My father’s “I’m bored with chicken and steak” statement led to the diabolical duck. For this dish my mother enlisted the help of a recipe. Unfortunately, it wasn’t a recipe for duck.

“A duck is just like a chicken,” she reasoned. “I’ll use a recipe for roast chicken.”

I remember her taking the duck out of the oven and encountering a sea of grease that in my brief life I had never seen emanate from a chicken. It was so slimy that as my mother served it, the poor bird almost slid off the plate.

Not wanting to waste a perfectly good duck, and continuing to make the faulty chicken/duck comparison, the next day she decided to make duck salad. Adding mayonnaise to a mixture does not make a dish less greasy. My mother put the chopped duck, eggs, celery, and mayonnaise in a bowl, mixed it up, and attempted to make me a duck salad sandwich. Even I said no.

Along with my mother’s lack of cooking talent, I also remember her remarkable personality. I remember the light in her eyes whenever she saw me. I remember her kind voice and her forgiving, patient nature. I remember the way she went out of her way to do things to make her little girl happy. I remember the smocking she painstakingly sewed on my pink-striped party dress and her hand-stitching together my first tutu (without a pattern, of course). I remember her surprising me and showing up on parents’ day at my summer camp in North Carolina days after undergoing a major operation. I remember her trying her best to keep a smile on her face as she battled a rampant cancer that refused to be abated. Most of all, I remember that she loved me. I still miss her. After all, she only died forty years ago.

Cooking aside, I only hope I’m half as good a mother to my daughter as my mother was to me.

I love to shop. I rationalize shop. I buy a dress because I need change for gum.

Go Ahead, Open This Bag

MY FATHER’S ANNUAL VISIT ALWAYS REMINDED MEthat as we age we do not become less strange.

This particular year, my father looked a little drained as he shuffled off the plane. His usually neatly positioned white hair was disheveled and his shoulders appeared hunched.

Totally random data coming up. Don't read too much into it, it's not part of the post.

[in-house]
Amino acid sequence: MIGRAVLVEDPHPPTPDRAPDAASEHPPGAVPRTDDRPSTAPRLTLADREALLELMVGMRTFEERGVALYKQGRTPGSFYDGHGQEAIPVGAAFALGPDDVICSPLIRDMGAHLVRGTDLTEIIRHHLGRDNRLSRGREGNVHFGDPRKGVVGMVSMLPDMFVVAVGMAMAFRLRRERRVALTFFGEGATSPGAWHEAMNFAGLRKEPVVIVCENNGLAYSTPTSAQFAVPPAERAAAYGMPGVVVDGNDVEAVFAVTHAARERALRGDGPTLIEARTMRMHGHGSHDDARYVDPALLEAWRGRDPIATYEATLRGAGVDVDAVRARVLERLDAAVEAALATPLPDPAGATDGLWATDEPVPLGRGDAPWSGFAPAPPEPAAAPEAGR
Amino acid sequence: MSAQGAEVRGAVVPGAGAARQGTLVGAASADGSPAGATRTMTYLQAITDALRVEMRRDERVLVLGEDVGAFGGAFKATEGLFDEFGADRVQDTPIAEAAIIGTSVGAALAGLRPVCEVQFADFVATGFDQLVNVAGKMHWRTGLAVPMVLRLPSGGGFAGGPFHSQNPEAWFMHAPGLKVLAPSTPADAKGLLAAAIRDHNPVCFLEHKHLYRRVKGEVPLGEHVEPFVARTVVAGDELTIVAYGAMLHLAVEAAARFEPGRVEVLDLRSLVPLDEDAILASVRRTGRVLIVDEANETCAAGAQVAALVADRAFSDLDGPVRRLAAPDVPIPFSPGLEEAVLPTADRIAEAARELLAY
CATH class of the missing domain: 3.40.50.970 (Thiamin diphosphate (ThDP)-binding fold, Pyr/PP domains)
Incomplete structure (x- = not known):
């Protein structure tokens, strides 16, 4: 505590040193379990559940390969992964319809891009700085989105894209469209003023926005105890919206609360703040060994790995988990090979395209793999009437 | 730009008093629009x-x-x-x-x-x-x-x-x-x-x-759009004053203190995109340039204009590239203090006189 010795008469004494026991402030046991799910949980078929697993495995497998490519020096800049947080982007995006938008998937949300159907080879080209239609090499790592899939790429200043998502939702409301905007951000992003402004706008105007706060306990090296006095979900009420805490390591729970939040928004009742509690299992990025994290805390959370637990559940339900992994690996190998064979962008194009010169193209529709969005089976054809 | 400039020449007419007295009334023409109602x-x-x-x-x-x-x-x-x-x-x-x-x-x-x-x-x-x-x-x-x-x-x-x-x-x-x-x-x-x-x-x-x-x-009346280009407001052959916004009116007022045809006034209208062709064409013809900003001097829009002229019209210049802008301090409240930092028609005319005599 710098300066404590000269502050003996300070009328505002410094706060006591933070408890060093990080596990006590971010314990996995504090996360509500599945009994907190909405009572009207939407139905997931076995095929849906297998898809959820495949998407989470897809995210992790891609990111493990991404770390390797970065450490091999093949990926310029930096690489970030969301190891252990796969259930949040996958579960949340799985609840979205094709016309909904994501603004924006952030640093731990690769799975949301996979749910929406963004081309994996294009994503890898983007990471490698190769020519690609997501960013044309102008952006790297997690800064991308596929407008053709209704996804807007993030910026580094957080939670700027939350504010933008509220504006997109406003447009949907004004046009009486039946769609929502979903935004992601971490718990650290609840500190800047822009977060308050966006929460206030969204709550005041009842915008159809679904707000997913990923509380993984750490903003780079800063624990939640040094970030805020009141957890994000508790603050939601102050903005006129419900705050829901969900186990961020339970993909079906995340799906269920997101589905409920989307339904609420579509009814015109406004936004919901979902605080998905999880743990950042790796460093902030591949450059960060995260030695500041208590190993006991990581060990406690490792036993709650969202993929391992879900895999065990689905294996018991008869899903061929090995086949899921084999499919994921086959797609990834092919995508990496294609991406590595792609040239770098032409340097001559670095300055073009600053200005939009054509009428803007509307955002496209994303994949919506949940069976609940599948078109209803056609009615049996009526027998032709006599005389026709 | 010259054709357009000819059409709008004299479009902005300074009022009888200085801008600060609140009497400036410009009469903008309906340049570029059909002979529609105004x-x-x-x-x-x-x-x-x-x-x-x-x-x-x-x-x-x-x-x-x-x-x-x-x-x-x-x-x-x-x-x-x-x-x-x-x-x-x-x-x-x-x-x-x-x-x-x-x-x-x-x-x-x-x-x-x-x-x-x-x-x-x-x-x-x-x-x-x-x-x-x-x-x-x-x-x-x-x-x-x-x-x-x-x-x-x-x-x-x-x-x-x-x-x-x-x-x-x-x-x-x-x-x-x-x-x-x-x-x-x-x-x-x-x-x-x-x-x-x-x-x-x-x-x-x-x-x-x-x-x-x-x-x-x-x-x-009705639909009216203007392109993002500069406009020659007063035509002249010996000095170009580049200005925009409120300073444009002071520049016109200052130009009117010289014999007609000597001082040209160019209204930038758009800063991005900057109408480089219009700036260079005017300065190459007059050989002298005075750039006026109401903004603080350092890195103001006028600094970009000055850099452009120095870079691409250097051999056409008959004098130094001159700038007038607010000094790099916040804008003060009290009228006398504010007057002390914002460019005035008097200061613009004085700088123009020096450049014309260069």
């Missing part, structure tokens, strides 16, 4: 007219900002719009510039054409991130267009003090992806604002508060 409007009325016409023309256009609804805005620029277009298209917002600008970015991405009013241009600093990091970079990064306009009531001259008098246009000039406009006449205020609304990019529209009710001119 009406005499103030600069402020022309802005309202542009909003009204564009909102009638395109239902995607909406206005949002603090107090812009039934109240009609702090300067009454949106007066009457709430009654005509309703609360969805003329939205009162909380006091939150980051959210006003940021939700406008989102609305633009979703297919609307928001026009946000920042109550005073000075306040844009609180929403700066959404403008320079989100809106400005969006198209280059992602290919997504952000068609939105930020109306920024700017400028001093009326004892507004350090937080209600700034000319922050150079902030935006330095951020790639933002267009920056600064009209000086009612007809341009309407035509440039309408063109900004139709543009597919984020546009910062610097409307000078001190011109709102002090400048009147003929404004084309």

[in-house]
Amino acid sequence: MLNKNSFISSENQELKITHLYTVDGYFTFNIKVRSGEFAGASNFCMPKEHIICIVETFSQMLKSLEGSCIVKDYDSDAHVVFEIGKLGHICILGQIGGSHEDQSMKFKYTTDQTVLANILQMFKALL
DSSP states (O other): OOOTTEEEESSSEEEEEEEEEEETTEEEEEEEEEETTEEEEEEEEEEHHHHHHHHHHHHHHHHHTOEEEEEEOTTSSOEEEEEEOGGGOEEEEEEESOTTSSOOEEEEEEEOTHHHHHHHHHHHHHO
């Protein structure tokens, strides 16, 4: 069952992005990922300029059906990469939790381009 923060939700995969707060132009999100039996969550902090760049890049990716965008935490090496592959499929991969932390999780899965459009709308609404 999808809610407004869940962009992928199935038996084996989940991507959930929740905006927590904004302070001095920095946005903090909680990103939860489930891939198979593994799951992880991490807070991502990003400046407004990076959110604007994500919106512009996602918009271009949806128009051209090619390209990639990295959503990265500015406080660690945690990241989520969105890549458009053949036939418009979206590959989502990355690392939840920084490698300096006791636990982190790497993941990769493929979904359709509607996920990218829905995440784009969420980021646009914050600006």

“Dad, good to see you,” I exclaimed, administering the two-second father-daughter hug that we had perfected through the years.

“I thought I could do it. Turned out I was mistaken,” he whispered dejectedly.

“What do you mean?”

“The bag of peanuts won,” my father mumbled.

“You’ve come all the way from Miami to Las Vegas to visit me. I’m afraid I’m going to have to insist you make sense,” I demanded. “What game were you playing with a bag of peanuts?”

“I attacked the bag from every possible angle from the minute the flight attendant handed it to me. I just couldn’t open it.”

“You spent five and a half hours trying to open a bag of peanuts?”

“No. I rested periodically.”

“Didn’t the bag have a perforation on one side? Usually, if you look carefully, on one side there’s a perforation.”

“I checked. There was no perforation. Possibly it was a defective bag. I don’t know, I didn’t check other people’s.”

“Why didn’t you ask for help?”

“I’m a seventy-eight-year-old, two-hundred-pound man. What do you want me to say to the thirty-year-old, one-hundred-and-fifteen-pound female flight attendant? ‘Will you open this bag of peanuts for me?’ Why don’t I just put on a dress and be done with it?”

“How about the person sitting next to you?”

“I wish you hadn’t asked. She was an eighty-year-old ninety-pounder.”

“And she opened the bag with no problem?”

“She struggled. She finally stabbed it with a fork over Denver.”

“Why didn’tyoustab it once you saw there was a way in?”